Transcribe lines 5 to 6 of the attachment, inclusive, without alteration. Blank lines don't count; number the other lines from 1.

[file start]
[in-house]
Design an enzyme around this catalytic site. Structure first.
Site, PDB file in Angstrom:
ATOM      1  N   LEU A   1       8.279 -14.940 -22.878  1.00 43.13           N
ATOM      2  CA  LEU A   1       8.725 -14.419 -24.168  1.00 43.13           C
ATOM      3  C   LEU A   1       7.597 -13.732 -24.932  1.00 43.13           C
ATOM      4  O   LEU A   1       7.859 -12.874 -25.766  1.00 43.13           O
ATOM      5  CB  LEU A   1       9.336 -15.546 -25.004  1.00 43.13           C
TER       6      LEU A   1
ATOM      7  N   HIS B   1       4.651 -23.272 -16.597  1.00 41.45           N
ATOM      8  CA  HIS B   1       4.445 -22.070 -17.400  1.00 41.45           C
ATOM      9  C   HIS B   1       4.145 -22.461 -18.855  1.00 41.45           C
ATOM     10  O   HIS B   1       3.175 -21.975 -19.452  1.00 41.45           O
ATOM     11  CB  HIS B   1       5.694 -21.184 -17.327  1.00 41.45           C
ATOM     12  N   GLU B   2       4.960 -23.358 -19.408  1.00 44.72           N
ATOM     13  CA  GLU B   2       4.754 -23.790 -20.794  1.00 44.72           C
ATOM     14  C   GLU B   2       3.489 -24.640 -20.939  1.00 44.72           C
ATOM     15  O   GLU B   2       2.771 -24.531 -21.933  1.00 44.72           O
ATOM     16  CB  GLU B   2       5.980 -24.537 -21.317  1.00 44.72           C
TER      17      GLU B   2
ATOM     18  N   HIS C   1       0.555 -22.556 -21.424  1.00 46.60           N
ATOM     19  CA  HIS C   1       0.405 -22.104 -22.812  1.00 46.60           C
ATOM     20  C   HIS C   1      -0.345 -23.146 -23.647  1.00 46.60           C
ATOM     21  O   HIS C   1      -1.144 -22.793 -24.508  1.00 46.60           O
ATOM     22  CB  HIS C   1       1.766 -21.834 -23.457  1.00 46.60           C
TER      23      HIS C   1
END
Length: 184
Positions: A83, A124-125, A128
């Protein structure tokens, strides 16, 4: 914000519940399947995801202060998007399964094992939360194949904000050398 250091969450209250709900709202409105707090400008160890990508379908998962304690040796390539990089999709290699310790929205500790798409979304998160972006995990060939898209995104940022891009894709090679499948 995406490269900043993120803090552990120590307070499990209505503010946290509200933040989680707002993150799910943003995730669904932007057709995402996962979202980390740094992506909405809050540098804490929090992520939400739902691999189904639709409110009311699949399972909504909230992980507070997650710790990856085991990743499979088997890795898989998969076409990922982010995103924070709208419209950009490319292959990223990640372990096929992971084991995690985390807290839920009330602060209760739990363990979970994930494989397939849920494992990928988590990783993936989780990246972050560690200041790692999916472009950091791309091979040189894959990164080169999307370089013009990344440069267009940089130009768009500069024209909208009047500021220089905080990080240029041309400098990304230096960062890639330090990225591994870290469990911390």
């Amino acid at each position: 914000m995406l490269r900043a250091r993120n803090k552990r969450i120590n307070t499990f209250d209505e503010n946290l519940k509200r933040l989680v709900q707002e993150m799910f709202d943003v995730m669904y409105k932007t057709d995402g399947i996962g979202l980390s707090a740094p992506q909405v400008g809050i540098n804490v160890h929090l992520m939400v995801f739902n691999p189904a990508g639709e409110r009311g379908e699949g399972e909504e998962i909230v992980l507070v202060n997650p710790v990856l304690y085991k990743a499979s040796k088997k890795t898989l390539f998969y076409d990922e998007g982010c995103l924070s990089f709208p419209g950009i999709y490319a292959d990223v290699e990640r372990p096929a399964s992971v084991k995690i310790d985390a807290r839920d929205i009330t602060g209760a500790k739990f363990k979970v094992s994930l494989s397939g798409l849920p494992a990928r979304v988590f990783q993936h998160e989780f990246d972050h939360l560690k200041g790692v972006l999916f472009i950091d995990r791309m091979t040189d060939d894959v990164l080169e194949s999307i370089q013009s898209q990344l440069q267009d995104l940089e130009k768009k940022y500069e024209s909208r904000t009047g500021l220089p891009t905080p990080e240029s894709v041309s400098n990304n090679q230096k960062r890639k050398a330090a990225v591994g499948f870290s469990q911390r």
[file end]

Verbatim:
ATOM      2  CA  LEU A   1       8.725 -14.419 -24.168  1.00 43.13           C
ATOM      3  C   LEU A   1       7.597 -13.732 -24.932  1.00 43.13           C